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Limited Liability Partnership and LLP Agreements

What is an LLP?

An LLP (or limited liability partnership) is a hybrid.  Think of it like a lovechild between a company and a traditional partnership.  It combines the benefits of limited liability (like a limited company), but with the organisational flexibility and tax status of a partnership structure.    

What is limited liability?

An LLP is a separate person in the eyes of the law.  This means that it is the LLP itself, and not its members (i.e. owners), that will enter into contracts and own assets in its name.  That can be a good thing for the members, as if the business of the LLP fails the liability of the members is limited (usually to their capital contribution – much in the same way that a shareholder’s liability in respect of a company is limited to the price paid for shares).

Do I need an LLP agreement?

Most LLP’s do have an LLP agreement regulating the relationship between its members.  If you do not have an LLP agreement, or if an LLP agreement is badly drafted, you will be subject to the “standard” rules contained in the law governing LLP’s.  In most cases the “standard” rules will not be acceptable or appropriate for you.

LLP agreements typically cover a number of points and issues, including:

  • The type of business operated by the LLP
  • How much capital (i.e. cash) the members are required to put into the LLP
  • How profits and losses of the LLP are shared between the members
  • Financial matters (accounting policies and banking arrangements)
  • Incoming new members
  • Outgoing members (both retirement and getting rid of “rogue” members)
  • The rights and duties placed on the members of the LLP
  • Day to day management of the LLP
  • Decision making (certain decisions may be made by a majority of the members, whereas other important decisions may need all the members of the LLP to agree)
  • Resolving disputes between the members of the LLP
  • Winding up the LLP

What type of businesses use LLP’s?

LLP’s can be used for all types of businesses ranging from small family businesses (e.g. trading businesses and farms) right through to professional partnerships (e.g. dentists or accountants), joint ventures and tax efficient investment vehicles (e.g. for property investment). 

LLP v general partnership

  • The members of an LLP enjoy the benefit of limited liability.  The partners in a general partnership do not – they have joint and several personal liability.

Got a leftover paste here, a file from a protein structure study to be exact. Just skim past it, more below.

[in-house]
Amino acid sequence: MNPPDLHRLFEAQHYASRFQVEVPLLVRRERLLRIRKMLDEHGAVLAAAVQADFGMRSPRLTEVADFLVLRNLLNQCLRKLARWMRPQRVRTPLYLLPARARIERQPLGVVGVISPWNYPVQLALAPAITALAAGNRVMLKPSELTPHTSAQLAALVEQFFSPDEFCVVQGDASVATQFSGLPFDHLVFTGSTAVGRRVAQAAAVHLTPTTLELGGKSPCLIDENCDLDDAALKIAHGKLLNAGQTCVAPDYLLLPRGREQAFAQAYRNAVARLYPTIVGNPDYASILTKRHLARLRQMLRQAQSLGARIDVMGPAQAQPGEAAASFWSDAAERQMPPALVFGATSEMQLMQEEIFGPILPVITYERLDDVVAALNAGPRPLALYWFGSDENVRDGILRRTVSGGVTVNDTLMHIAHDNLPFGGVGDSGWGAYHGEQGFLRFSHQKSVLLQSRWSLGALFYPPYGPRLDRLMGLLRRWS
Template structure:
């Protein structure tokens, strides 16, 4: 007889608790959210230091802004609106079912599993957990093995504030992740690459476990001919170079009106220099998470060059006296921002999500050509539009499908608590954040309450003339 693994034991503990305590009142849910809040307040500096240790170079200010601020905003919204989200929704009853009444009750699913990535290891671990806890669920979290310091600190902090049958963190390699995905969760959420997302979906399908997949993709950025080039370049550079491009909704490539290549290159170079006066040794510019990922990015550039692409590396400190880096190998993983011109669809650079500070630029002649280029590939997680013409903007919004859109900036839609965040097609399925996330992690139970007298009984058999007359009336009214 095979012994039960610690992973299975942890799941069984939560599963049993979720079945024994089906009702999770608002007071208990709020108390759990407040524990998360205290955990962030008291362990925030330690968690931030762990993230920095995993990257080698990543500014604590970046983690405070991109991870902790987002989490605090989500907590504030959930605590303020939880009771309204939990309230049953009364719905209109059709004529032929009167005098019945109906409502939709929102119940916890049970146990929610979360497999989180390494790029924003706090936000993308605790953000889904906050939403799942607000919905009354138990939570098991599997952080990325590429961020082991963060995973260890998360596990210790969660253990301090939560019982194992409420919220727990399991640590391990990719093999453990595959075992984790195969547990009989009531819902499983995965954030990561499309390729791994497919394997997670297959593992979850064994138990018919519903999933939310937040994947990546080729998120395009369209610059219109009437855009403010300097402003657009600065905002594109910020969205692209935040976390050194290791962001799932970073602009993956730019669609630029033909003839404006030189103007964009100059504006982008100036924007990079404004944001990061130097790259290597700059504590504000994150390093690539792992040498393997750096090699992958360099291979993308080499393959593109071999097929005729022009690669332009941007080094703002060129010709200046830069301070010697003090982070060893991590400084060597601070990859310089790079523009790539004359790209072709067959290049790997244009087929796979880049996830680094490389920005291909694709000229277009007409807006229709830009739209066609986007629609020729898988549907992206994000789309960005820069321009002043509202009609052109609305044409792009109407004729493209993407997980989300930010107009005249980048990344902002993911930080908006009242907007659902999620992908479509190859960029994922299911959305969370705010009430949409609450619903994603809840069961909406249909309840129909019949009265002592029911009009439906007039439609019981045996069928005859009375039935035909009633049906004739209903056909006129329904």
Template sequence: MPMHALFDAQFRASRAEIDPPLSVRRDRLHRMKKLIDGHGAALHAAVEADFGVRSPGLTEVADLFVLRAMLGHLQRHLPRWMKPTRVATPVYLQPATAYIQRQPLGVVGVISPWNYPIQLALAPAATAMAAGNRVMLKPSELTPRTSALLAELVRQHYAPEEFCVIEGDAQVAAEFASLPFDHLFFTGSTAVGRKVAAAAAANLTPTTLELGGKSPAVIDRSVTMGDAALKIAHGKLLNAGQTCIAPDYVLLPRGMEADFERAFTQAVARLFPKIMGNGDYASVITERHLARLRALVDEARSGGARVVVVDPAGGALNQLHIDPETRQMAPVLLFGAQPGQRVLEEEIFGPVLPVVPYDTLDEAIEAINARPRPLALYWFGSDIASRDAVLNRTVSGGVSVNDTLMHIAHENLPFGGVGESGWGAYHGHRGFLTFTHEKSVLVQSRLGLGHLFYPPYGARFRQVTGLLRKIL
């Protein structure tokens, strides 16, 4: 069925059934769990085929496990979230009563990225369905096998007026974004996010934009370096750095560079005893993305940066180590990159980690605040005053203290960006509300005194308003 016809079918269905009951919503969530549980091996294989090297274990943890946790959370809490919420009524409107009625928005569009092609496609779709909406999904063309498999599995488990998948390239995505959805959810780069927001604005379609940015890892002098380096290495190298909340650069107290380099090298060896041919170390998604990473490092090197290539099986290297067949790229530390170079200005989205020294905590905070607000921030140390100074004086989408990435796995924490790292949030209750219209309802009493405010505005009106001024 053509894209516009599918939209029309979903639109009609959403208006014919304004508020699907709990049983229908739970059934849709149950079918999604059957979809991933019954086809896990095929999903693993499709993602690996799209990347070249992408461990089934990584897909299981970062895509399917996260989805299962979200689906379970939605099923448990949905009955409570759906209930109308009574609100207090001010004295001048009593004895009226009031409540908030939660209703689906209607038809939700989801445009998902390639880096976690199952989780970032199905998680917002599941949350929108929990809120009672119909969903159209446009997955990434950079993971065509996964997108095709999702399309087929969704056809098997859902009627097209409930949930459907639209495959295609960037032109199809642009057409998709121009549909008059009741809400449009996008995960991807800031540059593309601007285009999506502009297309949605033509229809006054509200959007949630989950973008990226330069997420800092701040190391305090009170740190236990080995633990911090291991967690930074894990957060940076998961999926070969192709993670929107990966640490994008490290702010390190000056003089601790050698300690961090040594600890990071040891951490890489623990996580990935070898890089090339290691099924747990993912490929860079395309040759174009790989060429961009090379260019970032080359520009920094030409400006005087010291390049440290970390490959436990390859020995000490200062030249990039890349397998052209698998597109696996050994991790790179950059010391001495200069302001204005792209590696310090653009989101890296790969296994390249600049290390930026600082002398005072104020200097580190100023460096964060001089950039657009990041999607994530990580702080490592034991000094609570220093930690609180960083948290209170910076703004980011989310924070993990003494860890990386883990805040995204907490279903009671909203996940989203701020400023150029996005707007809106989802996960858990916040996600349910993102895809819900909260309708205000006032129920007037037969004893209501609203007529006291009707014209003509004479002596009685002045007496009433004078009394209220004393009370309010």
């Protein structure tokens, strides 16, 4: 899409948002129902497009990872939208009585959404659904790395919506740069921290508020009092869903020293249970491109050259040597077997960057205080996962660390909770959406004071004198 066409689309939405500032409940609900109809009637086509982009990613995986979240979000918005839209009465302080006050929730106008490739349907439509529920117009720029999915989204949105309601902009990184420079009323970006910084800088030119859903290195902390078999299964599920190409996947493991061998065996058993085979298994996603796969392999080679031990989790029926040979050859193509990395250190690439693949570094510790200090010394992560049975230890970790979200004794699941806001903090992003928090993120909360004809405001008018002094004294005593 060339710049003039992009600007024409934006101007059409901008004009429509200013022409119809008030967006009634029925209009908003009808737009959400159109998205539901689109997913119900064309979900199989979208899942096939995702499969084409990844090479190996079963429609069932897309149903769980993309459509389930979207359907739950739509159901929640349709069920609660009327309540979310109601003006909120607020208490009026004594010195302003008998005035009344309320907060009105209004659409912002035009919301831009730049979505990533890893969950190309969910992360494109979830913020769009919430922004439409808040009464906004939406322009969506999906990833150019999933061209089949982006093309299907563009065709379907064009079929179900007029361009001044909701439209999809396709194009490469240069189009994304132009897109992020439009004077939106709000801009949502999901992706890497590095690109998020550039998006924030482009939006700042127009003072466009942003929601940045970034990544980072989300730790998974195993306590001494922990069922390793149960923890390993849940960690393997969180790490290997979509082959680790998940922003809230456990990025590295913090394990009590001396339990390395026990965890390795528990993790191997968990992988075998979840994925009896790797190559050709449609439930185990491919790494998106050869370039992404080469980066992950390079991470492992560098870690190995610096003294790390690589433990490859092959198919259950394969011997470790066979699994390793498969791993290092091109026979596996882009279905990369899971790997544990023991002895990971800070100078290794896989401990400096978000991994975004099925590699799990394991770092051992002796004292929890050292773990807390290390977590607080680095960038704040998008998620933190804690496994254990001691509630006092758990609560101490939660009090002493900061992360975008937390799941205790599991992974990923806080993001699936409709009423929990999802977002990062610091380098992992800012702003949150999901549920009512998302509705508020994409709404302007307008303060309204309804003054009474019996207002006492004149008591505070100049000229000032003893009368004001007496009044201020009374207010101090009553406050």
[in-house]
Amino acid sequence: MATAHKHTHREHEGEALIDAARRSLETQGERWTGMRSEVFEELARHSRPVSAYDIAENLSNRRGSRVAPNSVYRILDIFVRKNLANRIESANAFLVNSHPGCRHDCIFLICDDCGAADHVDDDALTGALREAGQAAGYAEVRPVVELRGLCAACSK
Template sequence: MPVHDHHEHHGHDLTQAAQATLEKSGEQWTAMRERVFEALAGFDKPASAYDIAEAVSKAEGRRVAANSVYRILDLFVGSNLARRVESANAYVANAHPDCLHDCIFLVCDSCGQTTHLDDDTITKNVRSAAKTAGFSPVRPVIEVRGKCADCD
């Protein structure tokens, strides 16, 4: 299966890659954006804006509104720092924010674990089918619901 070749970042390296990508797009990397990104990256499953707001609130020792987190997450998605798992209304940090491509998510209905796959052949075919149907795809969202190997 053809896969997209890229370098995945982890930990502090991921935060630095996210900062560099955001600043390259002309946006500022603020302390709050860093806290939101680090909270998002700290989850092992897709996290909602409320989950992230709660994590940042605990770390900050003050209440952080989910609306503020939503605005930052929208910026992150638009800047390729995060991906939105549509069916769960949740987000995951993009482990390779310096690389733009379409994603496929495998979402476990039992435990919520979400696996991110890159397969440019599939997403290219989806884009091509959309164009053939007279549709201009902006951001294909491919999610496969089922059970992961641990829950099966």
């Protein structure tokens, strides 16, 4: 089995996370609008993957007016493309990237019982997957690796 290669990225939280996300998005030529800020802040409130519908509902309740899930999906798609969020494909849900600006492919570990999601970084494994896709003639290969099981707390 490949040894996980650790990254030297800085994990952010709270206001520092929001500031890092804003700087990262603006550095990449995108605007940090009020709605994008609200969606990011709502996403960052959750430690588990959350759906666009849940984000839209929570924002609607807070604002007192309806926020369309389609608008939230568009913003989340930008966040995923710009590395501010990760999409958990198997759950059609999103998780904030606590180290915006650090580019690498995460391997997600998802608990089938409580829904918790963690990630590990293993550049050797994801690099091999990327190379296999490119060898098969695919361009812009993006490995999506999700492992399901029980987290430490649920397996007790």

• An LLP is a separate person so common technical legal issues with partnerships, such as technical dissolution when partners retire from a general partnership, are avoided.
  • There is no restriction on the type of security an LLP can create (e.g. in favour of a bank).
  • LLP’s have to file annual accounts at Companies House (like limited companies).  General partnerships are more private than LLP’s in this sense, as general partnerships can keep their accounts private.

LLP v company

  • The internal documents governing the LLP (including the LLP agreement) are private documents.  A number of documents governing a limited company have to be filed at Companies House and so are public documents.
  • LLP’s have greater organisational flexibility than limited companies.
  • LLP’s are tax transparent – members of the LLP are taxed like partners in a general partnership and the LLP is not taxed.  A company has to pay corporation tax on its profits and its shareholders will be taxed separately on any dividends taken out of the company.

Advice about LLPs

If you are considering an LLP and want to make sure it’s right for you, the specialist corporate lawyers at Bray & Bray are experts in helping businesses to make the right decisions.  We can also advise you of the tax implications that you would need to discuss with your accountant. 

Speak to a corporate law solicitor

The corporate law solicitors at Bray & Bray are based at our head office in Leicester, but are always happy to arrange to meet at one of our other office locations within Leicestershire.  Contact us with any questions you may have or call your nearest office to arrange an appointment:

Leicester call us on 0116 254 8871.

Hinckley call us on 01455 639 900.

Market Harborough call us on 01858 467 181.

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